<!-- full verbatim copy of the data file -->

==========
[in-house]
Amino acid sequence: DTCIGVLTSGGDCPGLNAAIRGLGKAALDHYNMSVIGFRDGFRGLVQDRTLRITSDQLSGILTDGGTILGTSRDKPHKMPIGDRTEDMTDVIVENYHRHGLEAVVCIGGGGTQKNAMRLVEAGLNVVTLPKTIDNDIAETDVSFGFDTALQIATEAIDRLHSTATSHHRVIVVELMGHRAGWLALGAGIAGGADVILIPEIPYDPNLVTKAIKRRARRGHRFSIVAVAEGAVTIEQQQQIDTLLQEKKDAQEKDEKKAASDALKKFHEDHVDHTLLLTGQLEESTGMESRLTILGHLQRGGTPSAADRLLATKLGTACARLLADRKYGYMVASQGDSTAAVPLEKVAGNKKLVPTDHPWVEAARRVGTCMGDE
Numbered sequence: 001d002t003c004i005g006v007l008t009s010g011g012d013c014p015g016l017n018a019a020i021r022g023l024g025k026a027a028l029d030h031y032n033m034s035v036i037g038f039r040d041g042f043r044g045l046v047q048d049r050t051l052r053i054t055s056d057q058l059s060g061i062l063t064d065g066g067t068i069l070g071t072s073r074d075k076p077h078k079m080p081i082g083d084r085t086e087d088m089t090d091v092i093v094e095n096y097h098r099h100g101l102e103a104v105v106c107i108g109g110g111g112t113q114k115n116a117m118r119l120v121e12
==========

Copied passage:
[in-house]
Amino acid sequence: DTCIGVLTSGGDCPGLNAAIRGLGKAALDHYNMSVIGFRDGFRGLVQDRTLRITSDQLSGILTDGGTILGTSRDKPHKMPIGDRTEDMTDVIVENYHRHGLEAVVCIGGGGTQKNAMRLVEAGLNVVTLPKTIDNDIAETDVSFGFDTALQIATEAIDRLHSTATSHHRVIVVELMGHRAGWLALGAGIAGGADVILIPEIPYDPNLVTKAIKRRARRGHRFSIVAVAEGAVTIEQQQQIDTLLQEKKDAQEKDEKKAASDALKKFHEDHVDHTLLLTGQLEESTGMESRLTILGHLQRGGTPSAADRLLATKLGTACARLLADRKYGYMVASQGDSTAAVPLEKVAGNKKLVPTDHPWVEAARRVGTCMGDE
Numbered sequence: 001d002t003c004i005g006v007l008t009s010g011g012d013c014p015g016l017n018a019a020i021r022g023l024g025k026a027a028l029d030h031y032n033m034s035v036i037g038f039r040d041g042f043r044g045l046v047q048d049r050t051l052r053i054t055s056d057q058l059s060g061i062l063t064d065g066g067t068i069l070g071t072s073r074d075k076p077h078k079m080p081i082g083d084r085t086e087d088m089t090d091v092i093v094e095n096y097h098r099h100g101l102e103a104v105v106c107i108g109g110g111g112t113q114k115n116a117m118r119l120v121e12